Since AFA announced the AFA Quilt to Remember in late 2005, 330 individuals and organizations from coast to coast have made commitments to submit panels; those created by individuals measure four feet square and those from organizations are eight feet square. AFA unveiled the quilt for the first time last November in Central Park in New York City, drawing hundreds of visitors over two days.
As the national tour now gets underway, the first stop in 2007 will occur during Mother's Day weekend, at the North Rose Garden of Grant Park in Chicago. Displaying the quilt then is especially significant since many panel makers have honored their mothers, grandmothers and aunts.
For example, Jean Bolds of San Pablo, CA uniquely patched together aprons, smattered with pictures of favorite meals and desserts that had been worn by her mother, Aylene Henderson-Bolds.
Bolds adorned the quilt with aprons because “it truly reflects who she was…a homemaker,” she said. “She provided so much love, warmth and caring to everyone she knew. And, boy, could she cook!”
For Julie Sefton of Bartlett, TN, crafting a panel became a vital part of the grieving process for her mother, Laura Irene Ash Walton, who passed away from Alzheimer's disease in June 2005. Her quilt consists only of patterned fabrics in black and white.
“It was emotionally difficult to work in black and white, because the lack of color symbolized the irrevocable changes in our lives, but the process allowed me to struggle and cry and ultimately move through my grief. It has been and continues to be a profound journey,” Sefton said.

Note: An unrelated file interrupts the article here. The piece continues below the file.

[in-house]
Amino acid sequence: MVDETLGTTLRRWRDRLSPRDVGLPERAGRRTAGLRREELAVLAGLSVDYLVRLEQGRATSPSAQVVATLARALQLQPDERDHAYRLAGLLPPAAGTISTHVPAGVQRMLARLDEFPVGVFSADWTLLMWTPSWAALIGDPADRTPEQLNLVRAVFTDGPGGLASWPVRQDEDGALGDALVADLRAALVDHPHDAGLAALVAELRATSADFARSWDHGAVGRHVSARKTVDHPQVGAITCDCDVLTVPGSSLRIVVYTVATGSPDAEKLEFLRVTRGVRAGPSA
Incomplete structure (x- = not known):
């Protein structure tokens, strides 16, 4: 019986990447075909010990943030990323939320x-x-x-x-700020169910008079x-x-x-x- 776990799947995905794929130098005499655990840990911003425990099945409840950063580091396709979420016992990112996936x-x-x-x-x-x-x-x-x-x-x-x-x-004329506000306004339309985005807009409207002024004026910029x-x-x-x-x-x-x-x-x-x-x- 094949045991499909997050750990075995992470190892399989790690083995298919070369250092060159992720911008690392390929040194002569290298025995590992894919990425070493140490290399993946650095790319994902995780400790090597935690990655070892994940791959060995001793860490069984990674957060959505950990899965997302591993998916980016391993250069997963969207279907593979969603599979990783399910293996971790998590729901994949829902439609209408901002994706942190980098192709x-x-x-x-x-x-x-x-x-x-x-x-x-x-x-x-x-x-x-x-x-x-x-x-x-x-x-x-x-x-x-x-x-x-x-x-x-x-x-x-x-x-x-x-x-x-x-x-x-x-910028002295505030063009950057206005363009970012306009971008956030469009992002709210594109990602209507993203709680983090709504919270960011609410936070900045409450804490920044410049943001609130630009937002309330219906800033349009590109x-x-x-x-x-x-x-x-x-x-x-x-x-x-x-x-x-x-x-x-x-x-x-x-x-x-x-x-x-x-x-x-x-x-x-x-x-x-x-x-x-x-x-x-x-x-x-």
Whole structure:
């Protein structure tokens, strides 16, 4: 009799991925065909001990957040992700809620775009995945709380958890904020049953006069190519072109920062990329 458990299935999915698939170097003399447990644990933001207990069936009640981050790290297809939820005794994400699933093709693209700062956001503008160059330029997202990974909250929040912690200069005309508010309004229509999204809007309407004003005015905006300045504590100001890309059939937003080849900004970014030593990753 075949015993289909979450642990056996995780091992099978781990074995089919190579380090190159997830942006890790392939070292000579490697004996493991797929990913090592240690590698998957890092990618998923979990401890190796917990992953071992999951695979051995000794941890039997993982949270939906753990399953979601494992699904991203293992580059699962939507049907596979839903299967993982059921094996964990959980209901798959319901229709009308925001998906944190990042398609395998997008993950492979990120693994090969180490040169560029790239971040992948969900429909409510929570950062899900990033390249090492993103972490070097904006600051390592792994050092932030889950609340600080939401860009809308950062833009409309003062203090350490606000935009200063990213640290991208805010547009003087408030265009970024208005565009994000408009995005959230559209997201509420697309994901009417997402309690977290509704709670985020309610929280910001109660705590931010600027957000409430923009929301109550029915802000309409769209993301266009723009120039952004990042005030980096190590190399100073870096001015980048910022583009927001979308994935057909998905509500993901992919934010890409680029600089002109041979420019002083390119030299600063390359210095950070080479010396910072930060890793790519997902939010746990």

Other contributors, who include quilters and those who have attempted the craft for the first time, have woven powerful personal themes into their works of art.
Honoring her father, Rebecca Romano of Edna, TX included symbols of the United States Navy to recognize her dad's military service. “I never got to do anything quite like this for my dad. I can't find the words how it made by heart feel,” Romano said.
When she showed it to her father, Elton Lee Haley, she recalled, “He didn't know it was for Alzheimer's, and he just cried when he looked at it.”
The Council for Jewish Elderly (CJE) in Evanston, IL can't wait for the quilt's arrival in its hometown. The nonprofit agency had recruited six of its branches, including adult day services, long-term care settings and independent housing, to each create squares that were then stitched together into one large panel adorned with sequins, glitter and yarn.
Individuals with dementia were a major component of the quilting team, according to Judy Holstein, CJE's director of adult day services who spearheaded the agency's participation in the project.
“For those with dementia, the hands-on, multi-sensory experience gives them meaning for their day and ultimately their lives,” she said. “This project is giving people a chance to put their artistic imprint on a national project that speaks about and for Alzheimer's disease.”
The Alzheimer's Foundation of America is a national nonprofit organization headquartered in New York and made up of hundreds of member organizations that provide hands-on programs to meet the educational, emotional, practical and social needs of families affected by Alzheimer's disease and related illnesses. AFA's services include a toll-free hot line, counseling, educational materials, a free caregiver magazine, and professional training. For information, call (toll-free) 866-AFA-8484 or visit www.alzfdn.org .
Note: Eric J. Hall, AFA's chief executive officer, and local panel makers are available for interviews.
Contact: Carol Steinberg